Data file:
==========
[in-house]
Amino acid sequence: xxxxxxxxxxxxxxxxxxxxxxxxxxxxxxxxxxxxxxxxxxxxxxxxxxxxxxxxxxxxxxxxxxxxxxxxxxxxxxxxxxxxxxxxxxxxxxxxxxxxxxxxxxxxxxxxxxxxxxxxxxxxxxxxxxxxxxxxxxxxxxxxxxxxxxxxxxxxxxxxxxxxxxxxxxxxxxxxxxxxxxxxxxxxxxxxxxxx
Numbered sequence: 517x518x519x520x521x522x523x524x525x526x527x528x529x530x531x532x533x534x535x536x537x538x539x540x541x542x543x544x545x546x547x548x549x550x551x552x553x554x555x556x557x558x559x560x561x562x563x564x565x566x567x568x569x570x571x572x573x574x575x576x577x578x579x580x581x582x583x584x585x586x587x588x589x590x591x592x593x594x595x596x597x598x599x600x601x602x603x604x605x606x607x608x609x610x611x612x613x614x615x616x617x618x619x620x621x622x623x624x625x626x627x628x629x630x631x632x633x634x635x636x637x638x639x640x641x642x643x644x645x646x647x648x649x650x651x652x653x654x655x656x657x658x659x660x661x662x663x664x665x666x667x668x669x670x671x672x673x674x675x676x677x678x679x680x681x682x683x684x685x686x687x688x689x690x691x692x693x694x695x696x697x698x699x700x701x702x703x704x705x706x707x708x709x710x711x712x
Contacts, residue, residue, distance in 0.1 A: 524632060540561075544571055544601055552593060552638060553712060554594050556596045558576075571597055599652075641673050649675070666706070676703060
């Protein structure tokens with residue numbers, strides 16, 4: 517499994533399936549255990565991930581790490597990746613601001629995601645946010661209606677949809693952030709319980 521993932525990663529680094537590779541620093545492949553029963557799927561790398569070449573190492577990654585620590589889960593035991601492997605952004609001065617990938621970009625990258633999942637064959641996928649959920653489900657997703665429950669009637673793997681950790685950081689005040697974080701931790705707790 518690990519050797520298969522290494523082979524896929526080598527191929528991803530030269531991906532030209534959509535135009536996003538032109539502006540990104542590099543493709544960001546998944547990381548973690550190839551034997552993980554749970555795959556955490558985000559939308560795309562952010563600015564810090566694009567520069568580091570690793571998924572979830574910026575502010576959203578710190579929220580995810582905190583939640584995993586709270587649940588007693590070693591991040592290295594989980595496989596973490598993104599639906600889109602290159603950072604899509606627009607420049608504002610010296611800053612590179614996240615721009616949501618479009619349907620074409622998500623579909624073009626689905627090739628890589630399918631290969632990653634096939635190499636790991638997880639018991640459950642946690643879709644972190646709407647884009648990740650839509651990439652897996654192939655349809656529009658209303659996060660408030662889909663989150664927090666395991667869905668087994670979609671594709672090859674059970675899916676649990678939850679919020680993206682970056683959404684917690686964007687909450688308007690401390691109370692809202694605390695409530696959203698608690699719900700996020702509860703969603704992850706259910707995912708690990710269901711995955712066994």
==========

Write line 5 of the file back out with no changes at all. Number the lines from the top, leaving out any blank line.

């Protein structure tokens with residue numbers, strides 16, 4: 517499994533399936549255990565991930581790490597990746613601001629995601645946010661209606677949809693952030709319980 521993932525990663529680094537590779541620093545492949553029963557799927561790398569070449573190492577990654585620590589889960593035991601492997605952004609001065617990938621970009625990258633999942637064959641996928649959920653489900657997703665429950669009637673793997681950790685950081689005040697974080701931790705707790 518690990519050797520298969522290494523082979524896929526080598527191929528991803530030269531991906532030209534959509535135009536996003538032109539502006540990104542590099543493709544960001546998944547990381548973690550190839551034997552993980554749970555795959556955490558985000559939308560795309562952010563600015564810090566694009567520069568580091570690793571998924572979830574910026575502010576959203578710190579929220580995810582905190583939640584995993586709270587649940588007693590070693591991040592290295594989980595496989596973490598993104599639906600889109602290159603950072604899509606627009607420049608504002610010296611800053612590179614996240615721009616949501618479009619349907620074409622998500623579909624073009626689905627090739628890589630399918631290969632990653634096939635190499636790991638997880639018991640459950642946690643879709644972190646709407647884009648990740650839509651990439652897996654192939655349809656529009658209303659996060660408030662889909663989150664927090666395991667869905668087994670979609671594709672090859674059970675899916676649990678939850679919020680993206682970056683959404684917690686964007687909450688308007690401390691109370692809202694605390695409530696959203698608690699719900700996020702509860703969603704992850706259910707995912708690990710269901711995955712066994």